Control a Panic Attack During a Race

Many talented runners never realize their potential in races even through they can run the most difficult workouts with ease. Although the runners’ bodies are in perfect shape, their minds hold them back. These runners suffer from “choking” or “panicking” during races. Learning how to control a panic attack during a race is an often-overlooked skill for runners. But what does it mean to “choke” or “panic”? Is there a difference? What are the steps to prevent the mind from ruining a race?

The terms choking and panicking are often used interchangeably; however, they do refer to different things. As described in the article, The Effects of Mental Preparation for Distance Runners, panicking occurs when a runner’s mind is overwhelmed and he or she essentially locks up. As described in the article, panicking often occurs at the beginning of races, when runners become overly anxious full of emotions. Oftentimes, runners are unable to focus on staying relaxed because they are simply overwhelmed.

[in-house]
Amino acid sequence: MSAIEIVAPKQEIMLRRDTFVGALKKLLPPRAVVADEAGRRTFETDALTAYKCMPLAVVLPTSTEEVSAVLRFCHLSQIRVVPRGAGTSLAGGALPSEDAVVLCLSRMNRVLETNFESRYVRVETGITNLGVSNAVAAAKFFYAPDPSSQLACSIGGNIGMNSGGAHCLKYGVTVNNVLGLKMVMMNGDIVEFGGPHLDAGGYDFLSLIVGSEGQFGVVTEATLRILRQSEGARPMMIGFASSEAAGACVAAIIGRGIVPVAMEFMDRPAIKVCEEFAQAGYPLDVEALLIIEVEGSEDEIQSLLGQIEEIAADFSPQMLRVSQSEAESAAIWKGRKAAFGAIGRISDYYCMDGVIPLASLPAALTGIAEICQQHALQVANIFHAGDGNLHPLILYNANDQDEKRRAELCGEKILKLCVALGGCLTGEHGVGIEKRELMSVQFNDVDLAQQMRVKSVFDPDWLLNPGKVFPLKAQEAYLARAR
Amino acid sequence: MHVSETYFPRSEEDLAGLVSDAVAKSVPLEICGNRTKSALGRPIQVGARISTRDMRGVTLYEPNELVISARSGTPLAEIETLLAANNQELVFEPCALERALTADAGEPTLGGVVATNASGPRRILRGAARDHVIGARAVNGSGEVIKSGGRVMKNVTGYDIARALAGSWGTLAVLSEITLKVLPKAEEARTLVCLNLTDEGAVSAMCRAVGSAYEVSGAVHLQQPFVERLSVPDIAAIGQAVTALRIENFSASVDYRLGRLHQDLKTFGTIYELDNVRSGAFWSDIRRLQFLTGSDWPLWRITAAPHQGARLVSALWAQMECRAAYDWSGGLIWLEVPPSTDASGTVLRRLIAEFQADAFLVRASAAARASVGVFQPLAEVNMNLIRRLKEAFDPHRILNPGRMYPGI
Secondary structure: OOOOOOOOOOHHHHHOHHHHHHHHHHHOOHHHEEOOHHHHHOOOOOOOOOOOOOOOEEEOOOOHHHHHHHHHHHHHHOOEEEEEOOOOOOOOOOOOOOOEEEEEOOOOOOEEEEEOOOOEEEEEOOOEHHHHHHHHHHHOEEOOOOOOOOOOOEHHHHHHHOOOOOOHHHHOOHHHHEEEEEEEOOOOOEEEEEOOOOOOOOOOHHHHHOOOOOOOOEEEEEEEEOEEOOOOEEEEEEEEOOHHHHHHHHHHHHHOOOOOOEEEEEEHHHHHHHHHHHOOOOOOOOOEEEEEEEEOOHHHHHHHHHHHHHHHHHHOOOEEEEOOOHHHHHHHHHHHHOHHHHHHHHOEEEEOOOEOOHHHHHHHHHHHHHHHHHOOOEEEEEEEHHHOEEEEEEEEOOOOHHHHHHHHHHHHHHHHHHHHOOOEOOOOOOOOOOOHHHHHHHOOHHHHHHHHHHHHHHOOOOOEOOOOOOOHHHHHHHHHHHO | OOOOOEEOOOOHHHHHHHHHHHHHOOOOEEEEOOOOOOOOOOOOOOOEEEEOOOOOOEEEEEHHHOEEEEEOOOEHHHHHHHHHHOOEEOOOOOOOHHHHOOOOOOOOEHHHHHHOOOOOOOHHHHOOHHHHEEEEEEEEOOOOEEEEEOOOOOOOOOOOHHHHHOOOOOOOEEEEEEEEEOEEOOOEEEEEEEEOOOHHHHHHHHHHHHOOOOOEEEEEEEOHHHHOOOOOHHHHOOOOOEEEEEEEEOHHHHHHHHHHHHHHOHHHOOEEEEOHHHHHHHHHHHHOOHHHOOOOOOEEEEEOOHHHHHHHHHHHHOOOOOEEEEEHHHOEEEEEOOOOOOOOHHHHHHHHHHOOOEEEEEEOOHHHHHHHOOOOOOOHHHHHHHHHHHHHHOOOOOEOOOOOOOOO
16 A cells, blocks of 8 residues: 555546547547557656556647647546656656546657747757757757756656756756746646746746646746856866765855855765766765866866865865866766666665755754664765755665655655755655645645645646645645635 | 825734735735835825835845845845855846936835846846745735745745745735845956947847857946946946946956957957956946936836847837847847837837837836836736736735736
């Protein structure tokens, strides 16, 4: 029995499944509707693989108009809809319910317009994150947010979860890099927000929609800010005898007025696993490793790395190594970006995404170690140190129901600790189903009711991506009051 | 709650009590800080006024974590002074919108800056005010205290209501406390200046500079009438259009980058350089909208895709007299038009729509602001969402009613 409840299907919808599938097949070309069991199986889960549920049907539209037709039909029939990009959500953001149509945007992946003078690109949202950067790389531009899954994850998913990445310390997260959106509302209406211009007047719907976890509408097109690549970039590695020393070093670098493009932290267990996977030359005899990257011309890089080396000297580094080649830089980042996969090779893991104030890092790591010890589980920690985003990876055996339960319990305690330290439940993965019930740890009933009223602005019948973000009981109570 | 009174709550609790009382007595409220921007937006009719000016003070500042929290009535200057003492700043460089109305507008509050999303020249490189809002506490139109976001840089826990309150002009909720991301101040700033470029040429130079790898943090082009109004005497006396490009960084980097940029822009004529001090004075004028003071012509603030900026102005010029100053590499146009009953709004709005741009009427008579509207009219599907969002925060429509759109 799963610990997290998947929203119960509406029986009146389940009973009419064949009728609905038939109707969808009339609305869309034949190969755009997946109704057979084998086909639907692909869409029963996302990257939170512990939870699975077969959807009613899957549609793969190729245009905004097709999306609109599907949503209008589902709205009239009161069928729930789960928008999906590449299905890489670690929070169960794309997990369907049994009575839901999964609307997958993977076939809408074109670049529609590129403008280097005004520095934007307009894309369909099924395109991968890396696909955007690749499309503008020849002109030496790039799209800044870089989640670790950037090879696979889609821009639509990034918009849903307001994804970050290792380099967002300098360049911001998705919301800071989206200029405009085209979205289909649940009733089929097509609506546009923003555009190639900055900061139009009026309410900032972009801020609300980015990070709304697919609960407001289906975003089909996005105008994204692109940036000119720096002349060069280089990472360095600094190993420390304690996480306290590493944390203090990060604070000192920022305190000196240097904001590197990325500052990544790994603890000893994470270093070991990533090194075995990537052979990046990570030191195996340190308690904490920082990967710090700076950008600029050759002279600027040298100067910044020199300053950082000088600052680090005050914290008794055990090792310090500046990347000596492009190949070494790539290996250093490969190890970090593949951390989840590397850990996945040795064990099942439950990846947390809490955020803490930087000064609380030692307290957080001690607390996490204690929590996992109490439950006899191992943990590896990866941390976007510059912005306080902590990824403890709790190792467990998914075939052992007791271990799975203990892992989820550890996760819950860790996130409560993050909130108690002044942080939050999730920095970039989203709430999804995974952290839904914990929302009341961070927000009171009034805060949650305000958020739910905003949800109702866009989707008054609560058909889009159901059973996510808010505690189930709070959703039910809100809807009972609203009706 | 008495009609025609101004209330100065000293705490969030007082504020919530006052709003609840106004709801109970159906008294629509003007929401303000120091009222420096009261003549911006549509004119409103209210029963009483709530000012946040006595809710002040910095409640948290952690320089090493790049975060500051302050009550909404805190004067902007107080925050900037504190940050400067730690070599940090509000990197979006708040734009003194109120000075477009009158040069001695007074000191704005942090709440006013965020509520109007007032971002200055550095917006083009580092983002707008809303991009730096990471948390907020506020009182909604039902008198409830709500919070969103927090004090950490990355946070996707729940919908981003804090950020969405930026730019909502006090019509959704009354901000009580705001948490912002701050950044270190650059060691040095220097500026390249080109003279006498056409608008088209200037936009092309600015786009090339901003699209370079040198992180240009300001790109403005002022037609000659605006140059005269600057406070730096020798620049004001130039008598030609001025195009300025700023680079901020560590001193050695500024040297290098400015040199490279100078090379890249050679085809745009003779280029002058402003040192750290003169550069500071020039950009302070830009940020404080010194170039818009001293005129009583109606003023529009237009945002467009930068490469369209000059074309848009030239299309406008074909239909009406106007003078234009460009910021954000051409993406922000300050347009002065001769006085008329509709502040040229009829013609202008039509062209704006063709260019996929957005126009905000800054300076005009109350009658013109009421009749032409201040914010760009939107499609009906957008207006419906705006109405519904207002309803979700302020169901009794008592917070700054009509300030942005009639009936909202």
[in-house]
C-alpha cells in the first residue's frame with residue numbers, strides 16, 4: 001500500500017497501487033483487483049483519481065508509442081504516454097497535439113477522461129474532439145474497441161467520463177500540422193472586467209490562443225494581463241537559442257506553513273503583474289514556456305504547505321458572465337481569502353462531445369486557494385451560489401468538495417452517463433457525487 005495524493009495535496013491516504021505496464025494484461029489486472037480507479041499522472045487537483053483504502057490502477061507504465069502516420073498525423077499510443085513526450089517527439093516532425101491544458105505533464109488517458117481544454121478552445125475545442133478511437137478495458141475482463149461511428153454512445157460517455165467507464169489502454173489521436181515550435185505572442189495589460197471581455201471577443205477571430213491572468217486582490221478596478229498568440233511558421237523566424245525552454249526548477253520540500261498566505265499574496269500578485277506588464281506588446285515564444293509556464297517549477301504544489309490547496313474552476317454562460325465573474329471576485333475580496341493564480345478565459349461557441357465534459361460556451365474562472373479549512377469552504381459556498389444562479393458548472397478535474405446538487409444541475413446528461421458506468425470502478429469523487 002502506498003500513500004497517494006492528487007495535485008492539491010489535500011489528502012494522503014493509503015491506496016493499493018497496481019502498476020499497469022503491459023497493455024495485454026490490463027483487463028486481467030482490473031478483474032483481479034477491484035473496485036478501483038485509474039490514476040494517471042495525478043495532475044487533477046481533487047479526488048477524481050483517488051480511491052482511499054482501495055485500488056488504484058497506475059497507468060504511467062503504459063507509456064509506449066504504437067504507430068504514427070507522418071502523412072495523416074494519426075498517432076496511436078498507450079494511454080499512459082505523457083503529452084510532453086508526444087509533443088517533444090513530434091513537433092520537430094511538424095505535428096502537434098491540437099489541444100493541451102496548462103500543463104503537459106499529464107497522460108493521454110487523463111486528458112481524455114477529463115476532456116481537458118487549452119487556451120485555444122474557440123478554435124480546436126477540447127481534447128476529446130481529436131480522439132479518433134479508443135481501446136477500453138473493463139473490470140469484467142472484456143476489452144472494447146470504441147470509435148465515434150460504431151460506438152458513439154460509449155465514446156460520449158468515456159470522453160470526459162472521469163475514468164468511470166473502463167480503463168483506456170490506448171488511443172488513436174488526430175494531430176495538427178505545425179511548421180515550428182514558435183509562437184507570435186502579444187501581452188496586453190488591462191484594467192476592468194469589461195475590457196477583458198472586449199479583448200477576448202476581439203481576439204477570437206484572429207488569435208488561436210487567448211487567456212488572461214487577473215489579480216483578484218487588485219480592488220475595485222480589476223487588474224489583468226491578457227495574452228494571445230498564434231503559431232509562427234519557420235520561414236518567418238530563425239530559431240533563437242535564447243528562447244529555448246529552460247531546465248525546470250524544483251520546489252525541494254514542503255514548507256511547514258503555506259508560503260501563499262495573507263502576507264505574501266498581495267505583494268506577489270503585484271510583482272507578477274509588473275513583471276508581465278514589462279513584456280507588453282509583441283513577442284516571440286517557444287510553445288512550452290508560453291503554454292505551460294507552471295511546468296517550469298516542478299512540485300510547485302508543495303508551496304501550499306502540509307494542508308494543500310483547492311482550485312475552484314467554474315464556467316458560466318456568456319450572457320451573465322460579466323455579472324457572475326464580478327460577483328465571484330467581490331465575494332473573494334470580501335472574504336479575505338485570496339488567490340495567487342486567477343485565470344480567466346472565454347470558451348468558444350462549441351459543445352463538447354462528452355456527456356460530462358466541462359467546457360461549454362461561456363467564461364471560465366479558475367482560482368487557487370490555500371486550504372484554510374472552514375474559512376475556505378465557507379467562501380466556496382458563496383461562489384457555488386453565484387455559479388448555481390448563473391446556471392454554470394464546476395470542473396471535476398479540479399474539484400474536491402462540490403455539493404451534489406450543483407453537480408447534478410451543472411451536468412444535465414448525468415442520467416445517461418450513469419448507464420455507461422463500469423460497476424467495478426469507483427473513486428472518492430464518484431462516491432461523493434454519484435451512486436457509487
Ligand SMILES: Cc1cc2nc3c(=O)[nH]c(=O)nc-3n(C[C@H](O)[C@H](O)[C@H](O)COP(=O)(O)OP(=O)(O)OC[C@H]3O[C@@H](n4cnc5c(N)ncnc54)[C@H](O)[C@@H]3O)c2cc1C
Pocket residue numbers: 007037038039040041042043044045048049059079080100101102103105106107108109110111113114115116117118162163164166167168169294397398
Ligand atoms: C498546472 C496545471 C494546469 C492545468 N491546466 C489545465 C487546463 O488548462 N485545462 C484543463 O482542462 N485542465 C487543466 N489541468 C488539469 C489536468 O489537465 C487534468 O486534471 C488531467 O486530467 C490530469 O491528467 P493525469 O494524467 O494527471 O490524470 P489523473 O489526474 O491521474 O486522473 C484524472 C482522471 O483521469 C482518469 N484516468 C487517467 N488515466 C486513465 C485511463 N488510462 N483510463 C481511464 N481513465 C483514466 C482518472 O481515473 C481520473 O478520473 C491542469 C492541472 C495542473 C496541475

Choking, on the other hand, refers to the common phenomenon of thinking too much. Instead of turning the mind off and letting the body run, runners try to think their way through a race, which usually has disastrous results.

So what are good ways to lessen the changes of panicking or choking during a race? Probably the best method is positive self talk. If you feel negative thoughts, emotions, or anxieties creep into your head before or during a race, immediately counteract them with a positive statement.

For example, if you hear yourself say, “I feel so tired today.” Immediately think to a good run or workout you have had in the past say, “I’m ready for this race.” By shutting out negative feelings and emotions about running, you will help prevent a panic attack during a race, quiet the mind and reduce the chance of panicking by stopping overwhelming negative emotions.


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